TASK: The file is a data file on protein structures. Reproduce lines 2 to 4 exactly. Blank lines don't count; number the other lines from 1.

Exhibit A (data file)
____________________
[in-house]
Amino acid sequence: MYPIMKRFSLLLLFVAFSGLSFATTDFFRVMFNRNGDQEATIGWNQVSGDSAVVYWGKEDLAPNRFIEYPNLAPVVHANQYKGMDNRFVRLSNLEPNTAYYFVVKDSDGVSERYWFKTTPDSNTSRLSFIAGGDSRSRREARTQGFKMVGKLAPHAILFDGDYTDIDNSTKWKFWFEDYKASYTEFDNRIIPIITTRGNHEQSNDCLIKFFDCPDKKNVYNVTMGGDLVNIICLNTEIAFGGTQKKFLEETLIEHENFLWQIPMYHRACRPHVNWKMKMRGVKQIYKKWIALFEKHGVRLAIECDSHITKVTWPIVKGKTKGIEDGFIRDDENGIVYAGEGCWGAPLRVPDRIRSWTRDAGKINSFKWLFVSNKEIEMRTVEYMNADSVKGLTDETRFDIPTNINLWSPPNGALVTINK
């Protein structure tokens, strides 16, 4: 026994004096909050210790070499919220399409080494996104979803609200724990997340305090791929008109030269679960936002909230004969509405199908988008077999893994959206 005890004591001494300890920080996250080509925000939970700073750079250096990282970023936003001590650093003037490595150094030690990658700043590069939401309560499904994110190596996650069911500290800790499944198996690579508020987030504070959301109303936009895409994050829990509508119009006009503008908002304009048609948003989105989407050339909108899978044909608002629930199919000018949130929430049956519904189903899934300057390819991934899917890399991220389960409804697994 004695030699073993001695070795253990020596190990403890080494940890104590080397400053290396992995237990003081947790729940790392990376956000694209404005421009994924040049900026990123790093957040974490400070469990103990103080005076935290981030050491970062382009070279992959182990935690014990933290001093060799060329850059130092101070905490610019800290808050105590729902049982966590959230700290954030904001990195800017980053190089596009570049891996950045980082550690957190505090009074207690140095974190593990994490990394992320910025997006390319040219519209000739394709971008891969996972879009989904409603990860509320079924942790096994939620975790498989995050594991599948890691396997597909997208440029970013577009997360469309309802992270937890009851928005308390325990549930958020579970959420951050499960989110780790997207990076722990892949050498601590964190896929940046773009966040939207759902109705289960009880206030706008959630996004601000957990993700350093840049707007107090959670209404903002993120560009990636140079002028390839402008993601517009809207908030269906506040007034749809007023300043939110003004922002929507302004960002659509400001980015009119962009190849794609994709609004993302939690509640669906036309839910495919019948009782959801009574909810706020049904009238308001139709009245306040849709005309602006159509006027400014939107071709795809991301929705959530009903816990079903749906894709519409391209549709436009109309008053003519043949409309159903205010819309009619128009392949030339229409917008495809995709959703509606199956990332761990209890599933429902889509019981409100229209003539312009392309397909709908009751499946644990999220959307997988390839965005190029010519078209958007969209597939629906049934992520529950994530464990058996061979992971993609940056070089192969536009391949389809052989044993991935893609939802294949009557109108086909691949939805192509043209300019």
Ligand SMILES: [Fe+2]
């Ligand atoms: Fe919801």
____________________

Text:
Amino acid sequence: MYPIMKRFSLLLLFVAFSGLSFATTDFFRVMFNRNGDQEATIGWNQVSGDSAVVYWGKEDLAPNRFIEYPNLAPVVHANQYKGMDNRFVRLSNLEPNTAYYFVVKDSDGVSERYWFKTTPDSNTSRLSFIAGGDSRSRREARTQGFKMVGKLAPHAILFDGDYTDIDNSTKWKFWFEDYKASYTEFDNRIIPIITTRGNHEQSNDCLIKFFDCPDKKNVYNVTMGGDLVNIICLNTEIAFGGTQKKFLEETLIEHENFLWQIPMYHRACRPHVNWKMKMRGVKQIYKKWIALFEKHGVRLAIECDSHITKVTWPIVKGKTKGIEDGFIRDDENGIVYAGEGCWGAPLRVPDRIRSWTRDAGKINSFKWLFVSNKEIEMRTVEYMNADSVKGLTDETRFDIPTNINLWSPPNGALVTINK
């Protein structure tokens, strides 16, 4: 026994004096909050210790070499919220399409080494996104979803609200724990997340305090791929008109030269679960936002909230004969509405199908988008077999893994959206 005890004591001494300890920080996250080509925000939970700073750079250096990282970023936003001590650093003037490595150094030690990658700043590069939401309560499904994110190596996650069911500290800790499944198996690579508020987030504070959301109303936009895409994050829990509508119009006009503008908002304009048609948003989105989407050339909108899978044909608002629930199919000018949130929430049956519904189903899934300057390819991934899917890399991220389960409804697994 004695030699073993001695070795253990020596190990403890080494940890104590080397400053290396992995237990003081947790729940790392990376956000694209404005421009994924040049900026990123790093957040974490400070469990103990103080005076935290981030050491970062382009070279992959182990935690014990933290001093060799060329850059130092101070905490610019800290808050105590729902049982966590959230700290954030904001990195800017980053190089596009570049891996950045980082550690957190505090009074207690140095974190593990994490990394992320910025997006390319040219519209000739394709971008891969996972879009989904409603990860509320079924942790096994939620975790498989995050594991599948890691396997597909997208440029970013577009997360469309309802992270937890009851928005308390325990549930958020579970959420951050499960989110780790997207990076722990892949050498601590964190896929940046773009966040939207759902109705289960009880206030706008959630996004601000957990993700350093840049707007107090959670209404903002993120560009990636140079002028390839402008993601517009809207908030269906506040007034749809007023300043939110003004922002929507302004960002659509400001980015009119962009190849794609994709609004993302939690509640669906036309839910495919019948009782959801009574909810706020049904009238308001139709009245306040849709005309602006159509006027400014939107071709795809991301929705959530009903816990079903749906894709519409391209549709436009109309008053003519043949409309159903205010819309009619128009392949030339229409917008495809995709959703509606199956990332761990209890599933429902889509019981409100229209003539312009392309397909709908009751499946644990999220959307997988390839965005190029010519078209958007969209597939629906049934992520529950994530464990058996061979992971993609940056070089192969536009391949389809052989044993991935893609939802294949009557109108086909691949939805192509043209300019």
Ligand SMILES: [Fe+2]